MLSsoccer.com polled 20 of our editors, writers, videographers and statistics specialists to bring you the Best of 2013, running Dec. 23 through Jan. 1. Each day, we'll hand out an award in a variety of categories culled from the storylines of MLS, including Biggest Controversy, Gaffe of the Year and, via fan vote revealed on Dec. 30, the Moment of the Year.
LA Galaxy beat writer Scott French offers up the Controversy of the Year, when Robbie Rogers returned to Major League Soccer in May and said he wouldn't play for the Chicago Fire. The trade that ensued – Rogers to the Galaxy and Mike Magee to the Fire – ended up as easily the most lopsided trade of the year, and one of the most talked-about moves in league history.
The LA Galaxy were bidding for an unprecedented threepeat after winning the 2011 and 2012 MLS Cup titles, but they watched their championship chances take a tumble after making one of the most controversial trades in league history.
Mike Magee's imprint was all over the Galaxy's four-year run under Bruce Arena – with the MLS Cup crowns, three title-game appearances, two Supporters' Shields and four straight Western Conference Championships, and he was off to a terrific start, with six goals in the first seven games, in Landon Donovan's extended absence.
Former Columbus Crew winger Robbie Rogers had revealed in February that he was gay and, because he couldn't see continuing his career as a homosexual, announced his retirement. He missed the game, and his hometown Galaxy afforded him the opportunity to train starting in late April. By mid-May, LA were in talks with the Chicago Fire about his MLS rights, because Rogers insisted he wouldn't play in Chicago.
The trade came down on May 25, with LA sending Magee back home – he's a Chicago guy who wanted to raise his daughter near his and his family – for Rogers, who became the first openly gay man to play in top-tier North American team sports. It rankled Galaxy fans and made their team considerably weaker.
What irked the team's supporters was, of course, not Rogers' sexuality, but rather what they were losing in Magee, and the chemistry he'd helped build over the years. What, exactly, had Rogers done in recent years that indicated he could help them to a third straight MLS Cup?
- BEST OF 2013: The complete schedule of awards
Magee went on to score 15 more goals for the Fire, nearly lift them into the playoffs and win the MLS Most Valuable Player award. Rogers, who hadn't played in half a year when he signed, struggled with fitness and a few injuries and ailments – including a hamstring that he tore twice, plus an intestinal virus that slowed his recovery – and he contributed just one assist in 16 competitive first-team games. He made just 11 MLS appearances, seven as a starter.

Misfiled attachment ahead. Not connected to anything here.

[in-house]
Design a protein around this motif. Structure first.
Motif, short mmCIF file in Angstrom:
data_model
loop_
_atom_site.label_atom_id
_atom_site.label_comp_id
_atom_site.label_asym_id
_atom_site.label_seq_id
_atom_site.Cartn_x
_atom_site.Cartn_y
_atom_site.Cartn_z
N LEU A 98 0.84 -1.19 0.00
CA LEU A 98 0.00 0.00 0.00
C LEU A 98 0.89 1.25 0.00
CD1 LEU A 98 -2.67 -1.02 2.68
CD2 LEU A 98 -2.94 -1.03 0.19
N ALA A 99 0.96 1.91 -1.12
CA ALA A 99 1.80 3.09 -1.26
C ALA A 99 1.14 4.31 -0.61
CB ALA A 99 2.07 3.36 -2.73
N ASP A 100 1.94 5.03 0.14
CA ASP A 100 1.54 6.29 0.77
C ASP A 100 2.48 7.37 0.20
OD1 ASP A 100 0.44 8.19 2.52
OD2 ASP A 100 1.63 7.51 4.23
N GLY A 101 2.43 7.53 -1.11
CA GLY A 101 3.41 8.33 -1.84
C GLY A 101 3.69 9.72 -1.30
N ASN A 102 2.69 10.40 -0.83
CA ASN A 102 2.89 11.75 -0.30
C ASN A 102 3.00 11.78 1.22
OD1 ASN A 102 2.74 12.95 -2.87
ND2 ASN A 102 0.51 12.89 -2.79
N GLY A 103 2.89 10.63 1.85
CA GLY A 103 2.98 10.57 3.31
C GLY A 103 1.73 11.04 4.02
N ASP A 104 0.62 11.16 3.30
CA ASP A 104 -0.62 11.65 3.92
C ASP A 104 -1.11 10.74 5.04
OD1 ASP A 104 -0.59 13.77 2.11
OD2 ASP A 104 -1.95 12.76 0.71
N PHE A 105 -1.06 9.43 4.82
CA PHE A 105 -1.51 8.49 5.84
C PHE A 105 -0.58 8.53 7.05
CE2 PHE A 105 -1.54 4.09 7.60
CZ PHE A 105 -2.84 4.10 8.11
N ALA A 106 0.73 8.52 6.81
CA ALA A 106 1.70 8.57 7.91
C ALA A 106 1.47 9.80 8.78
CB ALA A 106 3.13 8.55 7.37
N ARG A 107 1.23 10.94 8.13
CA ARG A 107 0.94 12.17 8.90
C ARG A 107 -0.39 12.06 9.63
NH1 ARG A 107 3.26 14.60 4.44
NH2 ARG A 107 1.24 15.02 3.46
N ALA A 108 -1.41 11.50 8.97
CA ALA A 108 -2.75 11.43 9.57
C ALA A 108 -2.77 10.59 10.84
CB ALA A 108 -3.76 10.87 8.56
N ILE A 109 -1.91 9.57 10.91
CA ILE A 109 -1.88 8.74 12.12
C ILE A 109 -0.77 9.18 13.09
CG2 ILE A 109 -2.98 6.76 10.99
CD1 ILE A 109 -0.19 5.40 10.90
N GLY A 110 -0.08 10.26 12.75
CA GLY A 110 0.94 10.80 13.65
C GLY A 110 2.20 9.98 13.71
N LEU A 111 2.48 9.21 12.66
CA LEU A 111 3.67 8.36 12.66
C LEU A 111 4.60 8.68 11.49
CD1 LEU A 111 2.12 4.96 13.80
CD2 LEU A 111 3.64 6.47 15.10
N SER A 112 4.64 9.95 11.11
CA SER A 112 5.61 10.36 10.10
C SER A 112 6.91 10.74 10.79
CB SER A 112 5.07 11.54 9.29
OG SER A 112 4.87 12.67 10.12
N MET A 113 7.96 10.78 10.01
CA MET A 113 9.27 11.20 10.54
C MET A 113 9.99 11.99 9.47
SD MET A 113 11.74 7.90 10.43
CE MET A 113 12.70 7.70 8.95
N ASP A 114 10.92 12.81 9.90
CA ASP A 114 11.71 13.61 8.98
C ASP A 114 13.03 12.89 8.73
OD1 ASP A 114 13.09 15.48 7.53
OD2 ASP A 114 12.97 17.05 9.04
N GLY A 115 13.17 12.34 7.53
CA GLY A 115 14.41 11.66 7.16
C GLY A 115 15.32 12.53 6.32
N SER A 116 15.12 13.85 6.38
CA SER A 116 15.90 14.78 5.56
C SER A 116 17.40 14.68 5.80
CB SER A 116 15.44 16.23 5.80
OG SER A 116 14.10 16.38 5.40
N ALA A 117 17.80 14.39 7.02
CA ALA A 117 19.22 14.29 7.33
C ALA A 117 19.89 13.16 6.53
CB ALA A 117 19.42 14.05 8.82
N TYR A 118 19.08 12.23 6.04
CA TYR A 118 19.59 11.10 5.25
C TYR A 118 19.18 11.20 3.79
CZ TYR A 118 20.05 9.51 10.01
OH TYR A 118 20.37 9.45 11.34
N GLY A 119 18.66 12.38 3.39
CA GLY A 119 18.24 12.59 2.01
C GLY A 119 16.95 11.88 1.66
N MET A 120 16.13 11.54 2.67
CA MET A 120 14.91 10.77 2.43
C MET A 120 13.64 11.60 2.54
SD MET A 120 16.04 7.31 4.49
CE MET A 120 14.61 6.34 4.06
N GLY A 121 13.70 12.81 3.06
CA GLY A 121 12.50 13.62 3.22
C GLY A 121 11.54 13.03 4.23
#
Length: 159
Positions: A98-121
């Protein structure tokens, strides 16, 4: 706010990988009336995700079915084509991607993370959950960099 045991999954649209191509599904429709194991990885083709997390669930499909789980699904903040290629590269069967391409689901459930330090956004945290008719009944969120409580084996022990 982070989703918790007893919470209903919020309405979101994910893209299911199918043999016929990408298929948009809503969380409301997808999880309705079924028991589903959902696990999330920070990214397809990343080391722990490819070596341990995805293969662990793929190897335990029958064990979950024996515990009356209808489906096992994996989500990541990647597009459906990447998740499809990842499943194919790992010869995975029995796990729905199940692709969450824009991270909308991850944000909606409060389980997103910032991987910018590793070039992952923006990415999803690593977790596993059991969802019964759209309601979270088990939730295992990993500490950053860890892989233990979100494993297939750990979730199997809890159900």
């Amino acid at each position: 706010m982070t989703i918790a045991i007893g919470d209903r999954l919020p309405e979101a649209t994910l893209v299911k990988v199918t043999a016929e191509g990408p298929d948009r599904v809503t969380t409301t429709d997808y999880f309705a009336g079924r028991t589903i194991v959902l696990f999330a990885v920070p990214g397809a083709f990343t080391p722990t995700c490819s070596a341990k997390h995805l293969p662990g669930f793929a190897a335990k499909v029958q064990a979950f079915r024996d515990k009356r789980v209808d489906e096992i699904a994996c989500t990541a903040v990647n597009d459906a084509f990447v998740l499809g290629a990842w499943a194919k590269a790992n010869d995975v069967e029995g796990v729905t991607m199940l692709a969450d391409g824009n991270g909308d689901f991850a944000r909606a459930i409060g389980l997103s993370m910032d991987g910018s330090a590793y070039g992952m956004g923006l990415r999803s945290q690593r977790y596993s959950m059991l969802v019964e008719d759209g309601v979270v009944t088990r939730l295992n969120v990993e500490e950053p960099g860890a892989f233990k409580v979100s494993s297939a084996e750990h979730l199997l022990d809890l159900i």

Rogers, who was among the final cuts from the 2010 World Cup team, began finding his form only at the finish. LA's young attack struggled when Donovan or Robbie Keane were absent or off their games, scenarios in which Magee had long thrived, and the team was eliminated in the Western Conference Semifinals, its earliest playoff ousting since 2003.
The most lopsided trade in MLS history? Perhaps. But certainly the Controversy of the Year.
The Rebaño Angelino went through another rebuilding campaign in 2013, their fourth in as many seasons, and this one topped them all: two more coaches in and gone, a revolving door for players, more front-office turmoil, just six wins (and 20 losses), another last-place finish in the West, and average announced crowds of a little more than 8,300, with StubHub Center gatherings often less than half of that.
José Luis “El Chelís” Sánchez Solá, hired to replace Robin Fraser, lasted only until the end of May, and José Luis Real's arrival spurred a huge step forward for Chivas USA, with the acquisitions of former US national team captain Carlos Bocanegra and promising Mexican forward Erick “Cubo” Torres advancing the cause, but they're searching for another new coach now that “Guero” has taken charge at sister club CD Guadalajara.
Part of the modern MLS's expansion strategy is that new clubs have great stadium deals before the OK arrives. New York City FC became MLS's 20th team in May without such a deal, and their hoped-for stadium site in Flushing Meadows, Queens, soon disappeared. Frustrating? Especially for the burgeoning fan base.
With no Plan B in place, everyone with an interest started looking, and now reports have a $400 million stadium all but certain for a site down the street from Yankee Stadium. That would be a good fit: The Yankees own 20 percent of NYCFC, which would play their first few seasons – 2015, 2016 and perhaps 2017 – in The House That Ruth Built.